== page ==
29 June 2014

Making Tea.

Not so long ago I wrote about my love of fruit teas. I wanted to write something on making your own tea flavours from scratch and the benefits of each plant being used. Some have remedy effects on the body, others have a great smell & taste. Teas can be made by drying out edible plants that have flavour. These can be herbs, spices, fruits & fruit skin or flowers. This can be done using a dehydrator, oven or simply allowing them to be air dried.

Some examples of edible plants I have dried out for use in my dehydrator include; lemon slices & skin, orange slices & skin, small ginger pieces, also some herbs: sage, lemon balm, fennel & mint, cherries, apple, strawberries & raspberries all chopped finely.
To prepare your fruits and herbs for drying, simply chop them up finely and dry well until they start to harden and all moisture is gone. For herbs, whole leaves can be used.

The combination of tea flavours and the amount of each ingredient used in each mix is really down to personal taste, but I have made some suggested recipes. To make the tea itself, place a small teaspoon's worth in a metal tea orb suspended in boiling water and allow it for sit for 5 minutes to infuse. I personally like to let mine sit until the water has cooled down to a warm temperature, which really brings out the flavour.

Full list of ingredients & uses:

Hibiscus & White Hibiscus: A small study found that drinking three cups of hibiscus tea daily lowered blood pressure in people with modestly elevated levels.
Camomile: Often used as part of sleep teas, because it contains an amino acid known for its tranquillising effects. It acts as a relaxant and helps to promote sleep.
Lavender: Inhaling lavender is used for insomnia and agitation. A tea made of lavender flowers relieves tension caused by “nerves and stress. Lavender also reduces muscle spasms, increases relaxation and helps with menstrual cramps.
Rose buds: can improve the skin, It works on CCVD, high blood press & heart diseases.
Rose hips: High in Vitamin C.
Elderflower: Good for Vitamin A, the B-1, B-2, and B-3 complex, and Vitamin C.
Cornflower: Provides a good colour to your tea.
Marigolds: Uses have included treatment for colds, fevers, coughs, wounds, infections, rashes and wasp and bee stings.
Dandelion: Is great for the body, a good digestion aid, diuretic, removes toxins from the liver, rich in antioxidants, acts against cancer, regulates blood sugar, helps lower high blood pressure and helps lower cholesterol.
Cranberries: Has Vitamin C, E & Fibre as well as helping with UTI's.

Cloves: Improves digestion.
Cinnamon: May lower blood sugar & helps fight against bacterial and fungal infections.
Star Anise: Anti-bacterial & Anti-fungal Properties.
Ginger: Helps with the early stages of infections, it can promote fever and therefore hasten healing. Mixed with lemon it can be relieving for colds.
Cardamon: Good diuretic, used for digestion and good oral health.
Vanilla: Delicious flavour.
Liquorice: Some people use liquorice for sore throat, bronchitis, cough, and infections caused by bacteria or viruses.
Lemon Grass: By inhalation, the essential oil of Lemongrass is used as aromatherapy for muscle pain.
Turmeric: Is used for arthritis, heartburn (Dyspepsia), stomach pain, Diarrhea, intestinal gas, stomach bloating, loss of appetite, Jaundice, liver problems and gall bladder disorders.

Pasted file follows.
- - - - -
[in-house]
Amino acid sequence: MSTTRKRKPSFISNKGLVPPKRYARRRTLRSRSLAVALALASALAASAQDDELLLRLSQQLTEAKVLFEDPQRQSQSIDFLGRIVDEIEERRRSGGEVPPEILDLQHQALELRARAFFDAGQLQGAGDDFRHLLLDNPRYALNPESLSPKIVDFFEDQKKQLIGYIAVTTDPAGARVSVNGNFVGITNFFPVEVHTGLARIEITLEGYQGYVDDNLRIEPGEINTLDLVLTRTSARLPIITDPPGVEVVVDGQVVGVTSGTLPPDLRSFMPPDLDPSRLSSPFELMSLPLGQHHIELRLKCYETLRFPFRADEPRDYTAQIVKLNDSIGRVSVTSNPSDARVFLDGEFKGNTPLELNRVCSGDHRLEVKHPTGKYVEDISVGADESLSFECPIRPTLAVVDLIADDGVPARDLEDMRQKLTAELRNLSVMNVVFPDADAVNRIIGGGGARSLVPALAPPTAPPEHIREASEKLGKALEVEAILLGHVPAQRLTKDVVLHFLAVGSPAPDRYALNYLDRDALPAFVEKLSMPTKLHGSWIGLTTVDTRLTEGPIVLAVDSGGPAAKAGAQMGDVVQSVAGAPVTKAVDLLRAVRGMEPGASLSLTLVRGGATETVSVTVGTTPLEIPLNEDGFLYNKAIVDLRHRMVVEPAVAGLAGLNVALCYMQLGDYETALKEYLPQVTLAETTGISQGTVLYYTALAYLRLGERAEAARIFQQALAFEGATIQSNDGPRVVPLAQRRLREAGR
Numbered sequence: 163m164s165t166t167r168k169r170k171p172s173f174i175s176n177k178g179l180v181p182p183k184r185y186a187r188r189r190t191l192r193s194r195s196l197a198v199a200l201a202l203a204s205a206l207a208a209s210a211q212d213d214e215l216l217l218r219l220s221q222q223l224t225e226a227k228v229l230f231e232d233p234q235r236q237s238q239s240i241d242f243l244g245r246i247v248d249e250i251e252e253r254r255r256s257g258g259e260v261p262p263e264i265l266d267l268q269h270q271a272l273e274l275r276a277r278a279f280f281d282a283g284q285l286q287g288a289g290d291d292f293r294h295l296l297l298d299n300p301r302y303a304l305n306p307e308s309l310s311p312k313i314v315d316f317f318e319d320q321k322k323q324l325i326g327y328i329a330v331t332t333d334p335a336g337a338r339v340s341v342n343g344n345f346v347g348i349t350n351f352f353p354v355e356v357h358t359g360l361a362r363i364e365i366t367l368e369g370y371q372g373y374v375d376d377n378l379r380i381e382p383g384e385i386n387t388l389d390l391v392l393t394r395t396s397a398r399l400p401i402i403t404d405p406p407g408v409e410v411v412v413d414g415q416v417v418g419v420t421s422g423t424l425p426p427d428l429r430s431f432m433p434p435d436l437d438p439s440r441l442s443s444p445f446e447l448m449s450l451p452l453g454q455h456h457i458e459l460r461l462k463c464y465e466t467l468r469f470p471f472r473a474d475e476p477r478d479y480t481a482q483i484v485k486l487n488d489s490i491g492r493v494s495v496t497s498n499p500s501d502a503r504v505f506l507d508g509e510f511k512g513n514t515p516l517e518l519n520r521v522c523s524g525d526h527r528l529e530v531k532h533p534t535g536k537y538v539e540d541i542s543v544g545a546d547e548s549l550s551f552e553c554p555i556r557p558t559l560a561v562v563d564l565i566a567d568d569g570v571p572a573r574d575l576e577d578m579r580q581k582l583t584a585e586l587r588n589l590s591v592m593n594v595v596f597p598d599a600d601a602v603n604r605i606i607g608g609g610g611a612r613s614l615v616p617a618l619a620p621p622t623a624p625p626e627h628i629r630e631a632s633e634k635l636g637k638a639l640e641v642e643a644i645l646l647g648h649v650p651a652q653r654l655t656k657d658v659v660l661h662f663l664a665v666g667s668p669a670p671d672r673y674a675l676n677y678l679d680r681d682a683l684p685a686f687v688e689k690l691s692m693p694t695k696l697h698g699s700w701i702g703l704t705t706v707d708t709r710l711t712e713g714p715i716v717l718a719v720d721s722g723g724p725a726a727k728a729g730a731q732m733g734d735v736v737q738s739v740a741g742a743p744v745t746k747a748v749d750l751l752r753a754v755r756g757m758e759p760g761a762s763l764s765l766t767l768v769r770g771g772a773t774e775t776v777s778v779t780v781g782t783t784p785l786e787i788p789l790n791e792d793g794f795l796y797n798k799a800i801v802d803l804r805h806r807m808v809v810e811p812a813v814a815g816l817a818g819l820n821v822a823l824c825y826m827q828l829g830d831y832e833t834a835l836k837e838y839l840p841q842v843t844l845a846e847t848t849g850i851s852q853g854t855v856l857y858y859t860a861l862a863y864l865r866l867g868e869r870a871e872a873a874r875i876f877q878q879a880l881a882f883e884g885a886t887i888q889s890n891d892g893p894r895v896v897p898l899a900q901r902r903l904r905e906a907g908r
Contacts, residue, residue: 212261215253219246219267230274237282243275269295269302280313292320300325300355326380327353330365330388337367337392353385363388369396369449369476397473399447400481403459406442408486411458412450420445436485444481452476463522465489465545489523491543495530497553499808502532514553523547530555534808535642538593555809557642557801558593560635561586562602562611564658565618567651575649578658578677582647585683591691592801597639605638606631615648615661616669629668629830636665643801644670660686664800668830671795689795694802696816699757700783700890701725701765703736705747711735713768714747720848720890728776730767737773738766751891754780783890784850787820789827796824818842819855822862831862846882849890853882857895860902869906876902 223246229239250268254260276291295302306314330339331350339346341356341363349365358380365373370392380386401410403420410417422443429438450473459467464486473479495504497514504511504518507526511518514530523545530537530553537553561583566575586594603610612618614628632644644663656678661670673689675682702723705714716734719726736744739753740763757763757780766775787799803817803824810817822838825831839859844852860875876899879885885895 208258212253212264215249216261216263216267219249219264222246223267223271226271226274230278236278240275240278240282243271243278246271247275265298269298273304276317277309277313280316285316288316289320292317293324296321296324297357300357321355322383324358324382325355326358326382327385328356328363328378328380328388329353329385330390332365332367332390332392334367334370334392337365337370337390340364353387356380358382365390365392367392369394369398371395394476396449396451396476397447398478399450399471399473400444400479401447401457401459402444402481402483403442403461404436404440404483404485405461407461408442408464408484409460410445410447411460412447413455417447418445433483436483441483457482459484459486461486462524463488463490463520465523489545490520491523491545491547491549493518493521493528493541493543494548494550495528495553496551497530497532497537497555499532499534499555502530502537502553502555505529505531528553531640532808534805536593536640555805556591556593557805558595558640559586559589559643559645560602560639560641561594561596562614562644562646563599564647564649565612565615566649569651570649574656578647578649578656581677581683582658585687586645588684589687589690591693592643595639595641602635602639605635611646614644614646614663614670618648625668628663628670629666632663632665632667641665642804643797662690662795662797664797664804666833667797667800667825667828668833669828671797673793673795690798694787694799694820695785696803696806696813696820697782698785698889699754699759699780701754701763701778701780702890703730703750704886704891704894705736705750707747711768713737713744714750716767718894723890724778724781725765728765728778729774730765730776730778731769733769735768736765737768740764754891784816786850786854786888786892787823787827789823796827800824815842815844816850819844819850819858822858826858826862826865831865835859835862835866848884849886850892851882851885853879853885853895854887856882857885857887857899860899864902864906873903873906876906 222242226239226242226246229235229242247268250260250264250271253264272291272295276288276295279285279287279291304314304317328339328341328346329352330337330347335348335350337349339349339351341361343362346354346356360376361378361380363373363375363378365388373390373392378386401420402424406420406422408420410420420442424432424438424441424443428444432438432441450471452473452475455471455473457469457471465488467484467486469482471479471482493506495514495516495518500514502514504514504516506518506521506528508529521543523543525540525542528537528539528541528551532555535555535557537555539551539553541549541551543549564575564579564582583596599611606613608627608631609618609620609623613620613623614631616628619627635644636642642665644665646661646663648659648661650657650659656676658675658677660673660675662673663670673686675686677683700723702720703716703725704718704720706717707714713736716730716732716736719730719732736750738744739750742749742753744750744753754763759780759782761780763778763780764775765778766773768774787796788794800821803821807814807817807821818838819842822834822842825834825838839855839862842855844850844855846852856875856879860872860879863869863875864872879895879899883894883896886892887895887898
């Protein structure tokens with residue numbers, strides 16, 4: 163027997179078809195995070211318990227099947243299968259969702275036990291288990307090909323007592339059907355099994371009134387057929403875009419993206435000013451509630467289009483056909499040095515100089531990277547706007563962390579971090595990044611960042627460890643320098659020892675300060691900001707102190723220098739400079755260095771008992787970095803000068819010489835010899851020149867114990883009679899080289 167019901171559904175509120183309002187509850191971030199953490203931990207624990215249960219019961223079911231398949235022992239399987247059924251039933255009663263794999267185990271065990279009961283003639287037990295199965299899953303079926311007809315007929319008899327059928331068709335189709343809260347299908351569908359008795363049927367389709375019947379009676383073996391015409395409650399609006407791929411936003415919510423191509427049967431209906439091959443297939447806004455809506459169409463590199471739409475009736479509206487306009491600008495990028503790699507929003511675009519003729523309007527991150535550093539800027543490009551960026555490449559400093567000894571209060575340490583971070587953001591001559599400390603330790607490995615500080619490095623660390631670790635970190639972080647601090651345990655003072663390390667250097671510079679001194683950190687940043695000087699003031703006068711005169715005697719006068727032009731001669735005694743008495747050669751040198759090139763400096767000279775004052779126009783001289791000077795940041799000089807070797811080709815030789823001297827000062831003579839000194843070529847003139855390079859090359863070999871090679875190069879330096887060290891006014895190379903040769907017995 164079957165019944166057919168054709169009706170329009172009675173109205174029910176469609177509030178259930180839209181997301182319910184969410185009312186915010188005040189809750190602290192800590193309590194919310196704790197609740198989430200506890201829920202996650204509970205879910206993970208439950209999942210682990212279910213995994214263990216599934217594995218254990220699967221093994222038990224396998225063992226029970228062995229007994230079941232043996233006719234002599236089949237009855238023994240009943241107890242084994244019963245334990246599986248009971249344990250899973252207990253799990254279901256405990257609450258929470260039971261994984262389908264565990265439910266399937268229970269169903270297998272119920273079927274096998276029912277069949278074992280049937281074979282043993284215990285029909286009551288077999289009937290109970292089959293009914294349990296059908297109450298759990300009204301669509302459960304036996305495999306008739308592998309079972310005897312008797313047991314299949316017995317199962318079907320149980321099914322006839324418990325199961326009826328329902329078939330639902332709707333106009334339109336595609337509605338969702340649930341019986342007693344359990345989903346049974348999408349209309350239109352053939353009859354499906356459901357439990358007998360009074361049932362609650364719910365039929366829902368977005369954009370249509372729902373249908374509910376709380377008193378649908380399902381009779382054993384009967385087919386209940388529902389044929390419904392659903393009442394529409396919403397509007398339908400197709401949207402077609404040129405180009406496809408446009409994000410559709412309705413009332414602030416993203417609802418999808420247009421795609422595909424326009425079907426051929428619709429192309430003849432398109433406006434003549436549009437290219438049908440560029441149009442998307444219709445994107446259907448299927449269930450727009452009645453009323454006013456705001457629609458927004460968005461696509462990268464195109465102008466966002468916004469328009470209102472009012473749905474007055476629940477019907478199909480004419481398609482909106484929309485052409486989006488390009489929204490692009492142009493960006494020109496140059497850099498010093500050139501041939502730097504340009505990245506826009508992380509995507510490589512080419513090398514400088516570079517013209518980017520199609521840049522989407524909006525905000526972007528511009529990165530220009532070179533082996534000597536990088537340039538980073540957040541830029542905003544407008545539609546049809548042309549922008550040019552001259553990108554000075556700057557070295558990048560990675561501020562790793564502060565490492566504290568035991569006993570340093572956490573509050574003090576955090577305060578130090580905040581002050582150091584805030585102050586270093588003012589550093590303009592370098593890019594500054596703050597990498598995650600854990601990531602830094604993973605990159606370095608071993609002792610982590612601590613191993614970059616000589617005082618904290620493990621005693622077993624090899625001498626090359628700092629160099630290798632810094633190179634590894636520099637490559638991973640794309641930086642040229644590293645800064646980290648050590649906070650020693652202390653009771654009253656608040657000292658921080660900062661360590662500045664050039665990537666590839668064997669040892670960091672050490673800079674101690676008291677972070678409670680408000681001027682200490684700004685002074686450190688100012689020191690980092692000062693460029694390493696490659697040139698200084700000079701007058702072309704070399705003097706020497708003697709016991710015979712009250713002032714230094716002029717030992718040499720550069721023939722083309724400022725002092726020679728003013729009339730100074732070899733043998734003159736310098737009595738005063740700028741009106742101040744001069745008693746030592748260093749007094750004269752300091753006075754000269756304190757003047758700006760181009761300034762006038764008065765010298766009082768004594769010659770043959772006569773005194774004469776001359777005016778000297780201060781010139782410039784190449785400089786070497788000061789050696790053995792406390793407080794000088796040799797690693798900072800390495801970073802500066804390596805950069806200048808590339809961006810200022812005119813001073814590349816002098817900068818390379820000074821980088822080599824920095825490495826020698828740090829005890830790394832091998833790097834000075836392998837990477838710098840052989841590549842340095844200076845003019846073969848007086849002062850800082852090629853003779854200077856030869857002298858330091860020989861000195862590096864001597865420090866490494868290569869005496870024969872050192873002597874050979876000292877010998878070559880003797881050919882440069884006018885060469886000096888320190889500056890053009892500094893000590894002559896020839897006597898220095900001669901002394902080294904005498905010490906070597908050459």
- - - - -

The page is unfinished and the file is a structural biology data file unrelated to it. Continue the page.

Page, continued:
Chilli: Has high levels of vitamins and minerals.

Although they often have no real benefit to the body other than vitamins, they are a delicious compliment to the herbs.
Lemon & Rind
Orange & Rind
Black Currents & Leaves
Blackberry & Leaves
Sea Buckthorn Berries

Sage: Anti-inflammatory & rich in antioxidants.
Lemon Balm: Lemon balm is used for digestive problems, including upset stomach, bloating, intestinal gas (Flatulence), vomiting, and Colic. For pain including menstrual cramps, headache and toothache.
Rosemary: Is used for digestion problems, including heartburn, intestinal gas (Flatulence), liver and gallbladder complaints, and loss of appetite. It is also used for gout, cough, headache, high blood pressure, and reducing age-related memory loss.
Fennel: Relaxes intestinal muscles and helps clean the kidneys, which also promotes clearer skin.
Mint & Peppermint: A traditional remedy used to help treat both stomach ache and nausea. Peppermint breaks down fat in the digestive system and relives the sickness.
Thyme: Acts as a decongestant for the chest.
Nettle: A rich source of iron & calcium.

These are not all tried and tested but a general combination I have found.
Cold & Sore Throat Tea: Honey, ginger & camomile.
Refreshing Morning Tea: Apple & elderflower.
Spicy Lunchtime Tea: Ginger & peach.
Digestion Help Tea: Peppermint, fennel & dandelion root.
Sleep Tea: Lavender, honey & lemon.
Detox tea: Cranberries, dandelion, lemon juice & ginger.
Orange Winter Spice Tea: Black currant, orange rind, chilli, cinnamon & rose hip.
Fruity Tea: Currants, hibiscus, rose hip, blueberries, raspberries, black currants.
Herbal Chai: Apple pieces, camomile flowers, cinnamon, nettle leaves, ginger, star anise, cardamom & cloves.
Herbal Infusion: Spearmint, liquorice root, peppermint, apple, lime oil & cornflower.
Sea Buckthorn Herbal: Apple, pineapple, sea buckthorn berries, lemon balm, blackberry leaves, blackcurrant leaves, rose hip, lemongrass, white hibiscus, apple slices, hibiscus flowers & marigold petals.
Fruit Herb: Orange, Lemon & Sage.
Fruit Herb: Hibiscus, lemon grass, passionfruit, mango and papaya.

Spiced Orange & Black Cherry Tea.
1 tbsp dehydrated chopped black cherries
3 slices of dehydrated orange, chopped
1/2 tbsp cloves
1/2 tbsp cinnamon
This is my personal recipe and one of my favourite recent creations.
Combine your ingredients and place 1 teaspoon's worth into a metal diffuser, then place in a cup of hot water and let it sit for 5 minutes.